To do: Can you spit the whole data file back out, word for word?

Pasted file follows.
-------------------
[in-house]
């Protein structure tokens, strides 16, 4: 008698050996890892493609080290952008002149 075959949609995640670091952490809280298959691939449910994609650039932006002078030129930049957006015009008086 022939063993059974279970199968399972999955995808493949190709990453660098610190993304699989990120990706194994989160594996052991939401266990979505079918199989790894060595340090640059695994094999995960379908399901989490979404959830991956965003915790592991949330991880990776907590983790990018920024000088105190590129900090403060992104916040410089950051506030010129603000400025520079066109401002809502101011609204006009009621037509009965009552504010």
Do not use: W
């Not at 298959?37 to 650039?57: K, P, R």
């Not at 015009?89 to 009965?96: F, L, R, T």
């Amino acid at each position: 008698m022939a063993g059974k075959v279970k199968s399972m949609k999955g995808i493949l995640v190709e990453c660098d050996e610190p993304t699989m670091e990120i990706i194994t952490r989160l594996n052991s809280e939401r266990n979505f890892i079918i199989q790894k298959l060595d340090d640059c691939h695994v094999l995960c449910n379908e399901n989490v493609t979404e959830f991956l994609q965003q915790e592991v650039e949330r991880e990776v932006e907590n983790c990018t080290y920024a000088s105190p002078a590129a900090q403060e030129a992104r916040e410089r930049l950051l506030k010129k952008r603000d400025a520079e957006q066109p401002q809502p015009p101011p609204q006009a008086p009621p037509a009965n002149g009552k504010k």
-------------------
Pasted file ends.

[in-house]
């Protein structure tokens, strides 16, 4: 008698050996890892493609080290952008002149 075959949609995640670091952490809280298959691939449910994609650039932006002078030129930049957006015009008086 022939063993059974279970199968399972999955995808493949190709990453660098610190993304699989990120990706194994989160594996052991939401266990979505079918199989790894060595340090640059695994094999995960379908399901989490979404959830991956965003915790592991949330991880990776907590983790990018920024000088105190590129900090403060992104916040410089950051506030010129603000400025520079066109401002809502101011609204006009009621037509009965009552504010």
Do not use: W
């Not at 298959?37 to 650039?57: K, P, R």
């Not at 015009?89 to 009965?96: F, L, R, T």
């Amino acid at each position: 008698m022939a063993g059974k075959v279970k199968s399972m949609k999955g995808i493949l995640v190709e990453c660098d050996e610190p993304t699989m670091e990120i990706i194994t952490r989160l594996n052991s809280e939401r266990n979505f890892i079918i199989q790894k298959l060595d340090d640059c691939h695994v094999l995960c449910n379908e399901n989490v493609t979404e959830f991956l994609q965003q915790e592991v650039e949330r991880e990776v932006e907590n983790c990018t080290y920024a000088s105190p002078a590129a900090q403060e030129a992104r916040e410089r930049l950051l506030k010129k952008r603000d400025a520079e957006q066109p401002q809502p015009p101011p609204q006009a008086p009621p037509a009965n002149g009552k504010k």